This is the third blog in the series,
A Search for the Living Descendants of Curley Kirven
My research during the last two days has yielded both big finds and dashed hopes.
Recap: I believe my great-grandfather Erasmus had a biracial son, Tom, with Annie Tony (probably a slave) in 1855. Tom’s death certificate names his parents.
It seems that Tom had several children, among them a son Curley, the informant on Tom’s death certificate. Curley Kirven and Charlotte Kirven had four children, with these birth years as estimated by the 1920 and 1940 censuses:
Ida May, b. 1914
Lillian, b. 1916
Josh, b. 1917
Tom, b. 1919 (named after Curley’s father)
These four children would be my biracial second cousins.
In my last blog post, I guessed Ida May’s and Lillian’s married surnames. I was so wrong! I’ve found the correct names now, but I won’t reveal them here.
Two days ago, I started researching Josh and Tom. First, I looked for their death certificates on ancestry.
Eureka! I found them both! Beginner’s luck. Tom’s SSDI says he died in South Carolina in the 1980s. Josh’s says he died there in the 1990s . . . but wait! I see a CT death index for a Josh Kirven who died on that same day, in Waterbury, CT. What?
So I searched for the two brothers’ obituaries in the RCPL database (Richland County Public Library, South Carolina). Months ago, some unrelated searches of this same database had given me correct but skimpy obituaries. So my hopes were low. I expected to find obituaries that would tell me little more about Josh and Tom.
Oh, my. Eureka and beginner’s luck again! The full-text obituaries for Josh and Tom mentioned spouses, children, grandchildren, the married surnames of their sisters, resident cities, a church name, and even some work history. Many, many thanks for the expert help of the Local History Manager of the RCPL, Debbie Bloom, recommended by Robin Foster of @savingstories and @LCAfricana.
Here was matter for more research. Bright hope in a dim landscape, like fall flowers and foliage (we’re talking symbols here):
Apparently, Josh and Tom had moved North soon after 1940 to work in the Waterbury Rolling Mills, in Waterbury, Connecticut. Josh had worked there 50 years, and died in Waterbury in the 1990s. That meant I had been living right down the turnpike from these two biracial cousins for three decades! For in 1964 I also had moved North, to live first in New Haven and then in Fairfield. This fact alone was a head-smacking discovery.
So now, what about the children of my four biracial second cousins?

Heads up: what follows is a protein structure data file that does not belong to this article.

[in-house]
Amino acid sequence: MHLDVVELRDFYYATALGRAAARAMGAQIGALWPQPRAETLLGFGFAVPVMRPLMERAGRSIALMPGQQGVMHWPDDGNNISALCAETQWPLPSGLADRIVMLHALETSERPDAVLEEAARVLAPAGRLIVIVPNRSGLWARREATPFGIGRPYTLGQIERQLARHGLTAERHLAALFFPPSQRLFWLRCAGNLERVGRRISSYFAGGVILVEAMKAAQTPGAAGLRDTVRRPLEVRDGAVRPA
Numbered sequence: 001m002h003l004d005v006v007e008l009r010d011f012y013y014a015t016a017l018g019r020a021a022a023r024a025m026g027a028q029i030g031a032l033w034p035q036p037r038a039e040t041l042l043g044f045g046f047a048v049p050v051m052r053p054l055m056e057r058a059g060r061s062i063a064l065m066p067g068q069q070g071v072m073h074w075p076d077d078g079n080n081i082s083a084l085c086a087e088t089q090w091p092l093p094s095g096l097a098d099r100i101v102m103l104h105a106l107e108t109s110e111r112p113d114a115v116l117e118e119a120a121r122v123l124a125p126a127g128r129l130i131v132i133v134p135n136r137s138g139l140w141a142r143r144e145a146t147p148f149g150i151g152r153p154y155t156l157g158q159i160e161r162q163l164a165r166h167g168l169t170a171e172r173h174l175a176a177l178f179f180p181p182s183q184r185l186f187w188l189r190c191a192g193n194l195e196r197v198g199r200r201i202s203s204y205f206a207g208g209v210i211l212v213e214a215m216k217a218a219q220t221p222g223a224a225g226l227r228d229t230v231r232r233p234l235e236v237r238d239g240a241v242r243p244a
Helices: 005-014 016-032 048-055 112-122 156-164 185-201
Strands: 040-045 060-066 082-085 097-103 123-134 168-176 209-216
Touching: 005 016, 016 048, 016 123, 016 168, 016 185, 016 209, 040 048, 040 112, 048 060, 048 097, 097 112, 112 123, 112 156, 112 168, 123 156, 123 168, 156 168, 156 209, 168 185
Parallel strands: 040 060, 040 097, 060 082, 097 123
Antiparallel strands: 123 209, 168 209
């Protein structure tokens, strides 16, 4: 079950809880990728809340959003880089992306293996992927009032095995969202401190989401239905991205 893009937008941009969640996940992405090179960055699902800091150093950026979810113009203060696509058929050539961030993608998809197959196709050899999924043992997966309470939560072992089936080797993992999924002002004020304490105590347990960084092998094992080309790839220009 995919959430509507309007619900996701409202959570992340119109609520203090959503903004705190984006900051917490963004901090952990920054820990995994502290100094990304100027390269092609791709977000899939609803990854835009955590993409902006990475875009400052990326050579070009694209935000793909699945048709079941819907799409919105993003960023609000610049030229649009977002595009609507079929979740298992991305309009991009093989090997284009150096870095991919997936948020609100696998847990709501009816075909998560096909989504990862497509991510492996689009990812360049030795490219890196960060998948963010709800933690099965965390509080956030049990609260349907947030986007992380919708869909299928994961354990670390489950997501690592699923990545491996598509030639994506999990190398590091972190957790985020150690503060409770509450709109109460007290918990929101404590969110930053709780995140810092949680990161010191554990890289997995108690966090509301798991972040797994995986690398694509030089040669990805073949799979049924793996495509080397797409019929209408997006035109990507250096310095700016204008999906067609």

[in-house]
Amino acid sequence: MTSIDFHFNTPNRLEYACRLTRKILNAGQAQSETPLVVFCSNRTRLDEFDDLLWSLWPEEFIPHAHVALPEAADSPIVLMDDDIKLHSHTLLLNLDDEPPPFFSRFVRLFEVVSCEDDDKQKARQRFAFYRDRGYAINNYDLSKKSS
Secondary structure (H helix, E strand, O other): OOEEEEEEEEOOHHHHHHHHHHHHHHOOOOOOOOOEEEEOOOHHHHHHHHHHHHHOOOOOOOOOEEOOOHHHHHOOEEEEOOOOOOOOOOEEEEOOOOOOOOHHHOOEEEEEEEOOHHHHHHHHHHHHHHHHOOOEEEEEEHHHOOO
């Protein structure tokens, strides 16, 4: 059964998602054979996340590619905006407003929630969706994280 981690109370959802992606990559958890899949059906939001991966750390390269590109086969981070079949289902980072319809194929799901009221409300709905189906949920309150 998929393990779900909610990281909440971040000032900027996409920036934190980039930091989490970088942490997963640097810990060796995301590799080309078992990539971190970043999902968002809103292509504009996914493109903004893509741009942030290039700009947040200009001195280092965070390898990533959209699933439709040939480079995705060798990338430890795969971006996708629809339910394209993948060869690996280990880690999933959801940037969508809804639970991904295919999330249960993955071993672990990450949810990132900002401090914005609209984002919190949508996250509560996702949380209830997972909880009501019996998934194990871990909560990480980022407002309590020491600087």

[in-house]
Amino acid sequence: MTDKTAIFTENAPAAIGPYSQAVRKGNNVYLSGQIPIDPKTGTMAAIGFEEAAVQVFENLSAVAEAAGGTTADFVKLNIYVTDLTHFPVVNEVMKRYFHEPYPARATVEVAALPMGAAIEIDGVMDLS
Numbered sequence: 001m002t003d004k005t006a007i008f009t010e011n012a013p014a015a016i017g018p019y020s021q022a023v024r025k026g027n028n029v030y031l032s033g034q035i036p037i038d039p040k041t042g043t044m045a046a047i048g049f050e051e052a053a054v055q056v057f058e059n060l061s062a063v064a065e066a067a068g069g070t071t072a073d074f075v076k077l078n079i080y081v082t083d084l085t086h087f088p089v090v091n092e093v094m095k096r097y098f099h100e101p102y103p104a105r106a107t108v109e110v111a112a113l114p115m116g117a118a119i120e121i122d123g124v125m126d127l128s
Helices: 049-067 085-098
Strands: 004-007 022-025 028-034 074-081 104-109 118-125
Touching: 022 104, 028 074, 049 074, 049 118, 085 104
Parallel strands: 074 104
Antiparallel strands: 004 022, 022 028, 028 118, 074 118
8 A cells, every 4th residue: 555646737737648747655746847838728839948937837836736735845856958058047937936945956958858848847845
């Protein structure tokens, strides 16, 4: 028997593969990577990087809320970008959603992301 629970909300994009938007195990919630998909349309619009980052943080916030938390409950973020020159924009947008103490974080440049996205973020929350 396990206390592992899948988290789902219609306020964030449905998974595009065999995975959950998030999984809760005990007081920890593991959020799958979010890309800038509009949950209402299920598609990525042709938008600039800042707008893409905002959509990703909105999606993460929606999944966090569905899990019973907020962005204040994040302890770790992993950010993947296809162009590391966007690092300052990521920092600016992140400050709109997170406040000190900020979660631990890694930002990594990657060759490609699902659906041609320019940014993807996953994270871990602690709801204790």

(1) Ida May is in the 1940 census with her married surname and husband, but no children. I looked for them in the white pages today, in the resident city named in the obituaries. But neither is listed there now, almost 100 years after Ida May’s birth. A Peoplesmart search of the surname alone gave me 30 results—yet none of the first names are remotely familiar. [Note: Use message boards to search for the children or grandchildren of this couple.]
(2) Lillian’s married surname is a common one. Her resident cities are “the Bronx” and “New York.” Although I searched the 1940 census with her birth year and married name, I found nothing useable. For example, listed in Manhattan was a Lillian, with a husband and two very young daughters. These daughters, grown and married, would then be two surnames removed—needles in a haystack.
(3) Neither obituary mentioned Josh’s children, if any. His wife in Waterbury survived him, but she is not in the white pages there today. [Note: Look for her DC and obituary.]
So far, my hopes were being dashed or semi-dashed, one by one. My remaining options seemed slim.
(4) But Tom, the youngest child of Curley Kirven, had three children mentioned in his obituary. Grandchildren, too! Surely some living people lay down this path. (No given names or surnames are mentioned beyond this point.) I searched again.
- One son died at age 34. [Note: Search further for his DC and obituary.]
- A second son seems to be in prison in Virginia. For $40.00 to Peoplesmart, I could see the precise charges. [Note: This further search is an option.]
At this point I began to feel a bit manic. Like the laughing baby in this video, who seems to enjoy tearing up documents—hmmm, as if he were a genealogist going bonkers after too many dead-end searches:
Then finally, one last Eureka happened to me. I said “Eureka” softly, so as not to tempt the fates. Tom’s third child is a daughter, whose married surname had been mentioned in his obituary. Good old Peoplesmart revealed her phone number and address, and her secure email, for $30.00.
This is good, I told myself. This is still a great “find.”
My relatives and I will now try to contact this woman. Just as we tried to contact “A,” several posts ago.
Maybe this was not an “exhaustive” search, but it was surely an exhausting one . . . . . . Zzzzzzzz.